Raksha Nepal

Happening Issue 58 Jul, 2010

Menuka Thapa is the president of two-year old ‘Raksha Nepal’, a social service organization that focuses on the plight of girls working in massage parlors in the Valley. Raksha Nepal’s endeavors in this field can only be praised in the highest terms. As in many other cases, girls working in massage parlors come from outside the valley and it is economic hardships,illiteracy and the conflict that has driven them into a profession that Menuka says,  “is worse than cabin restaurants and dance bars.” The meaning is clear; that girls here are much more exploited than in the other professions. “I myself have worked in a dohori geet restaurant for some time,” she says. Originating from a village near Panauti and blessed with a good voice, she came to the Capital nurturing ambitions to become a singer but, unfortunately, monetary and other factors put an end to her dreams, and it was but natural that she should join a dohori geet restaurant if for nothing else than to earn her daily bread. “However, it wasn’t what it is touted to be - a place to encourage traditional culture. In fact, it was just a hypocritical claim. I had to tolerate a lot of exploitative behavior while there and the sham of cultural promotion was just a cloak to disguise unsavory activities.”

Working under such conditions, Menuka has had many bad experiences and this ultimately led her to ‘Meet Nepal’. “They rehabilitated me,” she says, “I then  went around doing research on demeaning professions like those spawned by dance bars, cabin restaurants and massage parlors. What I discovered was that dance restaurants were worse than dohori geet establishments, cabin restaurants were worse than dance restaurants and massage parlors were the worst of the lot.” According to her, in the former, at least some sort of monthly wages are assured, while in the case of massage parlors, the girls have to work on a commission basis. “And the percentages are totally in the owner’s favor.” It goes without saying that in all the professions mentioned above, girls are highly exploited. No wonder some massage parlors have become synonymous with brothels nowadays. One recalls a highly publicized raid on Thamel massage parlors some time ago. “Actually these parlors are totally at the mercy of corrupt policemen,” avers Menuka. “And they conduct raids on those parlors from where they have problems collecting their monthly dues.”

It is clear that Menuka Thapa does not have high regard for the integrity of local policemen. And of course, she is not alone in this. However, going by her own experiences, Menuka’s words carry a lot of meaning for society as a whole. Just like her mentor, Shashi Sharma of Meet Nepal, she is incensed by the statement of a former minister, Sharad Singh Bhandari, that red light areas should be permitted here. “Imagine such irresponsible words from men in power! Imagine what it will do to our social fabric! Our national character!” Menuka laments, and adds,  “My research has shown that 90 % of the girls working in massage parlors want to escape from having to work there. All they are looking for is an opportunity. I would like to work towards giving them that chance.”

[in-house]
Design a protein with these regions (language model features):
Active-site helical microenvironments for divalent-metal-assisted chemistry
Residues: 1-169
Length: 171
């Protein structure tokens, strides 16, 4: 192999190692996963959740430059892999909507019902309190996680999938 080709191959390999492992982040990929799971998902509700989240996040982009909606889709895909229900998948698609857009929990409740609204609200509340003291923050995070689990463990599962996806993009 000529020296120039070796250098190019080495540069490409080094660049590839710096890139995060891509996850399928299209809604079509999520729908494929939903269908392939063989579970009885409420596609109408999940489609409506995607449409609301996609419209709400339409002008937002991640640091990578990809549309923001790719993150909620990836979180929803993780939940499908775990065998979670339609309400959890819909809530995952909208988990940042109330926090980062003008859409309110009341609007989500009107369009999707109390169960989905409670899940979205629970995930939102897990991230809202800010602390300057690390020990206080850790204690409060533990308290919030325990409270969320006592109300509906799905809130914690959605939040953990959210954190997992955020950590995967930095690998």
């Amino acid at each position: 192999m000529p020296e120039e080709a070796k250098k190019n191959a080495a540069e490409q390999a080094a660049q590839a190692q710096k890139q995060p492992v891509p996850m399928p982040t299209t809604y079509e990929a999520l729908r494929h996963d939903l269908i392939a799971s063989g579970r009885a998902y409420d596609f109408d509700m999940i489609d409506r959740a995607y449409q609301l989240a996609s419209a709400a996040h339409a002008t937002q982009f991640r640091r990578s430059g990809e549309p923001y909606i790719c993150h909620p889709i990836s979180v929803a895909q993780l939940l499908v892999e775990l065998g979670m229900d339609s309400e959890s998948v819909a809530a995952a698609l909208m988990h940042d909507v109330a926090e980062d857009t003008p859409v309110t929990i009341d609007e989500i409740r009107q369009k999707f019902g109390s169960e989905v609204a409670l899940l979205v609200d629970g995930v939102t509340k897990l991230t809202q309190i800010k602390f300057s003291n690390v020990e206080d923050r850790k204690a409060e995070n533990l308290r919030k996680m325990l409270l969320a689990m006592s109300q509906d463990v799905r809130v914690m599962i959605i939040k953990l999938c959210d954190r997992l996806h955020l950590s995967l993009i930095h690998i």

Raksha Nepal considers it their duty to show such girls ways to escape from their miserable professions. This it does through thorough research, counseling and skill trainings. “I believe in making good examples of a few, rather than invite failure by working with too many at a time,” Menuka maintains, no doubt based on her own rehabilitation success story, and is certain the few good examples will then become leaders themselves, who will work towards the same goals as herself. It is also worth mentioning that Menuka seems to have lost all confidence in the concerned government bodies and narrates a sad experience: “We had an agreement with an official body to conduct a project jointly, but the government has such ridiculous policies such as the requirement that the girls must have passed class eight and that they should have citizenship papers.” She is scornful at their lack of realism. “In the villages, if a girl has studied to class eight, she will be regarded as an educated person and looked upon with respect. Most of the girls working here in humiliating professions are not that fortunate. So what is the use of conducting high sounding projects when they don’t help people genuinely in need?”

Menuka has taken a loan from a bank to keep her organization running. She realizes the importance of doing so, for Raksha Nepal’s responsibilities are to numerous girls who would otherwise have nobody else to lean on. Menuka is pleased to inform that many girls have passed through her organization and there are now seventeen beauty parlors being run by women rehabilitated by Raksha Nepal. “We have succeeded in rehabilitating seventy girls, but this is just a small percentage of all those I want to help,” she says. “There must be 3000-3500 girls working in massage parlors in the city and believe me, most are severely exploited and have no protection whatsoever,” she adds.

Menuka Thapa is a beacon of hope to many hapless girls who have got a raw deal in life and her organization gives a second chance to those who are rescued from exploitation and mistreatment. Raksha Nepal’s motto says it all, ‘Hand Over A Secure Future, Not A Compulsive Profession.’

For Details: Raksha Nepal.

Lainchour (Kathmandu), GPO BOX: 24866
Office Phone: 977-01-4437552, 977-01-6912734
Fax: 977-01-4431027
Email: info@rakshanepal.org, protection.nepal@gmail.com
Web: www.rakshanepal.org